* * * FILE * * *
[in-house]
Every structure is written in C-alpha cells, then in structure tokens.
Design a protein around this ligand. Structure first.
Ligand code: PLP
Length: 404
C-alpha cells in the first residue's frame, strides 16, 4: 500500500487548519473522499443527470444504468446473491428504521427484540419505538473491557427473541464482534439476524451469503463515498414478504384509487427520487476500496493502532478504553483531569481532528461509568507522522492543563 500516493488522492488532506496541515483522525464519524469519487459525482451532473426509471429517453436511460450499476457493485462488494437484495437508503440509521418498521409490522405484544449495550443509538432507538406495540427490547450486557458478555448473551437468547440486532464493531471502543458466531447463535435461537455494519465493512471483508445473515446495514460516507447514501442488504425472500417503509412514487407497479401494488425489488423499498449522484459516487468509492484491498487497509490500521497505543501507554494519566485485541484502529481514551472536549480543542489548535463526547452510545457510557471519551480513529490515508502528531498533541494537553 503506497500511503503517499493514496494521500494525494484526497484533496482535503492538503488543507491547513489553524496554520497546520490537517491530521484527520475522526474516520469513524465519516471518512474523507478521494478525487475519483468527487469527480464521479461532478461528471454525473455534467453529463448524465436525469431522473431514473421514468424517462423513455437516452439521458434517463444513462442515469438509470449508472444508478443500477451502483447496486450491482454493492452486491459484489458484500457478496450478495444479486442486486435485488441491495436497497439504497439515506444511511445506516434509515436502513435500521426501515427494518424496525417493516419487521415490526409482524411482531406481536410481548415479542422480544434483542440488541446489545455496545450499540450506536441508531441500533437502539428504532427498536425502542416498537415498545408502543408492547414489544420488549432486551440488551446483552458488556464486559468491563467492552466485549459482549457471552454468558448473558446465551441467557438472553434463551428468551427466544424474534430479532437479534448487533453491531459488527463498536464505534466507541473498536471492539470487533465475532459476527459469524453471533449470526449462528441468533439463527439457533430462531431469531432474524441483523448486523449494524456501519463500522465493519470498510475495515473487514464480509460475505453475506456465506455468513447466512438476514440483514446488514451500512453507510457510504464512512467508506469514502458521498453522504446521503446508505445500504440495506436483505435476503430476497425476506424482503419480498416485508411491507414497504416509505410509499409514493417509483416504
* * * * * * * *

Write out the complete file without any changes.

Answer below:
[in-house]
Every structure is written in C-alpha cells, then in structure tokens.
Design a protein around this ligand. Structure first.
Ligand code: PLP
Length: 404
C-alpha cells in the first residue's frame, strides 16, 4: 500500500487548519473522499443527470444504468446473491428504521427484540419505538473491557427473541464482534439476524451469503463515498414478504384509487427520487476500496493502532478504553483531569481532528461509568507522522492543563 500516493488522492488532506496541515483522525464519524469519487459525482451532473426509471429517453436511460450499476457493485462488494437484495437508503440509521418498521409490522405484544449495550443509538432507538406495540427490547450486557458478555448473551437468547440486532464493531471502543458466531447463535435461537455494519465493512471483508445473515446495514460516507447514501442488504425472500417503509412514487407497479401494488425489488423499498449522484459516487468509492484491498487497509490500521497505543501507554494519566485485541484502529481514551472536549480543542489548535463526547452510545457510557471519551480513529490515508502528531498533541494537553 503506497500511503503517499493514496494521500494525494484526497484533496482535503492538503488543507491547513489553524496554520497546520490537517491530521484527520475522526474516520469513524465519516471518512474523507478521494478525487475519483468527487469527480464521479461532478461528471454525473455534467453529463448524465436525469431522473431514473421514468424517462423513455437516452439521458434517463444513462442515469438509470449508472444508478443500477451502483447496486450491482454493492452486491459484489458484500457478496450478495444479486442486486435485488441491495436497497439504497439515506444511511445506516434509515436502513435500521426501515427494518424496525417493516419487521415490526409482524411482531406481536410481548415479542422480544434483542440488541446489545455496545450499540450506536441508531441500533437502539428504532427498536425502542416498537415498545408502543408492547414489544420488549432486551440488551446483552458488556464486559468491563467492552466485549459482549457471552454468558448473558446465551441467557438472553434463551428468551427466544424474534430479532437479534448487533453491531459488527463498536464505534466507541473498536471492539470487533465475532459476527459469524453471533449470526449462528441468533439463527439457533430462531431469531432474524441483523448486523449494524456501519463500522465493519470498510475495515473487514464480509460475505453475506456465506455468513447466512438476514440483514446488514451500512453507510457510504464512512467508506469514502458521498453522504446521503446508505445500504440495506436483505435476503430476497425476506424482503419480498416485508411491507414497504416509505410509499409514493417509483416504